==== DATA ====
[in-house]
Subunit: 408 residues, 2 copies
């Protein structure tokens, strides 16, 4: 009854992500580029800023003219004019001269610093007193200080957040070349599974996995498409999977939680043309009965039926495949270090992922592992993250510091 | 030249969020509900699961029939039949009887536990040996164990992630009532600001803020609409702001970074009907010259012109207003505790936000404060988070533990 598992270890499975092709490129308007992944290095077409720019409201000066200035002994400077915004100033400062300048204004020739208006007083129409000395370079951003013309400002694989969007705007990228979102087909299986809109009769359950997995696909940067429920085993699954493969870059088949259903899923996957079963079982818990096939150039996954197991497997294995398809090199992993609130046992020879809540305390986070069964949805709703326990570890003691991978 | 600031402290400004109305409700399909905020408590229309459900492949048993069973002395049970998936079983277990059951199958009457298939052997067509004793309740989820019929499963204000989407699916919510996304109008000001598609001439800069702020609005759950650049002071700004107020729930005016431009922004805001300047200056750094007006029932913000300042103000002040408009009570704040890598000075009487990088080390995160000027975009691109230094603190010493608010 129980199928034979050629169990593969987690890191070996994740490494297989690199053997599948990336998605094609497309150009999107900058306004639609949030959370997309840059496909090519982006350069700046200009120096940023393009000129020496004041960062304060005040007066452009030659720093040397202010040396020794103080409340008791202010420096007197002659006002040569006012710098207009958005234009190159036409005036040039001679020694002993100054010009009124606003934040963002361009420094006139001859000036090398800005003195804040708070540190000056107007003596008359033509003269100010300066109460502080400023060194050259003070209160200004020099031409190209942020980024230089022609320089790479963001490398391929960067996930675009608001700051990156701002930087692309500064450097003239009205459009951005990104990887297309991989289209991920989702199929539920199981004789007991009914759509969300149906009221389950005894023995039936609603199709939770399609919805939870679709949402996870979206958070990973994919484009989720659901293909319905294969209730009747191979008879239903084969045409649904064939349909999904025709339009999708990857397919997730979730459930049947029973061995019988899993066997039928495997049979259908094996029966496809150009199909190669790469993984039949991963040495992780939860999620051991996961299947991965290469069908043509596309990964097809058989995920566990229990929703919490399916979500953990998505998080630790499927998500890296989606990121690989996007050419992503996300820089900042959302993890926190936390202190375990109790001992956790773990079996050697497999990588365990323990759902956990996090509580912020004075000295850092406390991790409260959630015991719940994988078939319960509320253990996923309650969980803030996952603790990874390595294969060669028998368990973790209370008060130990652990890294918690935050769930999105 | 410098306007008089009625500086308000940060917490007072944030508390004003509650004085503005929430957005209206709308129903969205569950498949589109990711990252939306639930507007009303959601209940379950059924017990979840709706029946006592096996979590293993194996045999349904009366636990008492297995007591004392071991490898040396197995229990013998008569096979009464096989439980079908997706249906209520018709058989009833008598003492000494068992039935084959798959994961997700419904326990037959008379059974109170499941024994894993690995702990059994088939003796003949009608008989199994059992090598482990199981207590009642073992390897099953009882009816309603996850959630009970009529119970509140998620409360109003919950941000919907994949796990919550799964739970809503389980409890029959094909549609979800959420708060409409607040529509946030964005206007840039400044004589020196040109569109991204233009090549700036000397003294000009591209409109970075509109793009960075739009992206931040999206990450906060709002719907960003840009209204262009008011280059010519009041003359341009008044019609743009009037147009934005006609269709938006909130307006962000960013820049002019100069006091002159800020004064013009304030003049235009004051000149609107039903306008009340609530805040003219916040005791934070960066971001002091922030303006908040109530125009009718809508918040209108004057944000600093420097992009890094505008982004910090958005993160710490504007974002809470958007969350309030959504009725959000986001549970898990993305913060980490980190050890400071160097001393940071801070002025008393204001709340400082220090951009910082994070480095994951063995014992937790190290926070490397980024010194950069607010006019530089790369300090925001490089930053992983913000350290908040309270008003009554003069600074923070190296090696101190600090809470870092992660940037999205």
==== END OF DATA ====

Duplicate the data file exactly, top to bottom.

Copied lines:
[in-house]
Subunit: 408 residues, 2 copies
């Protein structure tokens, strides 16, 4: 009854992500580029800023003219004019001269610093007193200080957040070349599974996995498409999977939680043309009965039926495949270090992922592992993250510091 | 030249969020509900699961029939039949009887536990040996164990992630009532600001803020609409702001970074009907010259012109207003505790936000404060988070533990 598992270890499975092709490129308007992944290095077409720019409201000066200035002994400077915004100033400062300048204004020739208006007083129409000395370079951003013309400002694989969007705007990228979102087909299986809109009769359950997995696909940067429920085993699954493969870059088949259903899923996957079963079982818990096939150039996954197991497997294995398809090199992993609130046992020879809540305390986070069964949805709703326990570890003691991978 | 600031402290400004109305409700399909905020408590229309459900492949048993069973002395049970998936079983277990059951199958009457298939052997067509004793309740989820019929499963204000989407699916919510996304109008000001598609001439800069702020609005759950650049002071700004107020729930005016431009922004805001300047200056750094007006029932913000300042103000002040408009009570704040890598000075009487990088080390995160000027975009691109230094603190010493608010 129980199928034979050629169990593969987690890191070996994740490494297989690199053997599948990336998605094609497309150009999107900058306004639609949030959370997309840059496909090519982006350069700046200009120096940023393009000129020496004041960062304060005040007066452009030659720093040397202010040396020794103080409340008791202010420096007197002659006002040569006012710098207009958005234009190159036409005036040039001679020694002993100054010009009124606003934040963002361009420094006139001859000036090398800005003195804040708070540190000056107007003596008359033509003269100010300066109460502080400023060194050259003070209160200004020099031409190209942020980024230089022609320089790479963001490398391929960067996930675009608001700051990156701002930087692309500064450097003239009205459009951005990104990887297309991989289209991920989702199929539920199981004789007991009914759509969300149906009221389950005894023995039936609603199709939770399609919805939870679709949402996870979206958070990973994919484009989720659901293909319905294969209730009747191979008879239903084969045409649904064939349909999904025709339009999708990857397919997730979730459930049947029973061995019988899993066997039928495997049979259908094996029966496809150009199909190669790469993984039949991963040495992780939860999620051991996961299947991965290469069908043509596309990964097809058989995920566990229990929703919490399916979500953990998505998080630790499927998500890296989606990121690989996007050419992503996300820089900042959302993890926190936390202190375990109790001992956790773990079996050697497999990588365990323990759902956990996090509580912020004075000295850092406390991790409260959630015991719940994988078939319960509320253990996923309650969980803030996952603790990874390595294969060669028998368990973790209370008060130990652990890294918690935050769930999105 | 410098306007008089009625500086308000940060917490007072944030508390004003509650004085503005929430957005209206709308129903969205569950498949589109990711990252939306639930507007009303959601209940379950059924017990979840709706029946006592096996979590293993194996045999349904009366636990008492297995007591004392071991490898040396197995229990013998008569096979009464096989439980079908997706249906209520018709058989009833008598003492000494068992039935084959798959994961997700419904326990037959008379059974109170499941024994894993690995702990059994088939003796003949009608008989199994059992090598482990199981207590009642073992390897099953009882009816309603996850959630009970009529119970509140998620409360109003919950941000919907994949796990919550799964739970809503389980409890029959094909549609979800959420708060409409607040529509946030964005206007840039400044004589020196040109569109991204233009090549700036000397003294000009591209409109970075509109793009960075739009992206931040999206990450906060709002719907960003840009209204262009008011280059010519009041003359341009008044019609743009009037147009934005006609269709938006909130307006962000960013820049002019100069006091002159800020004064013009304030003049235009004051000149609107039903306008009340609530805040003219916040005791934070960066971001002091922030303006908040109530125009009718809508918040209108004057944000600093420097992009890094505008982004910090958005993160710490504007974002809470958007969350309030959504009725959000986001549970898990993305913060980490980190050890400071160097001393940071801070002025008393204001709340400082220090951009910082994070480095994951063995014992937790190290926070490397980024010194950069607010006019530089790369300090925001490089930053992983913000350290908040309270008003009554003069600074923070190296090696101190600090809470870092992660940037999205």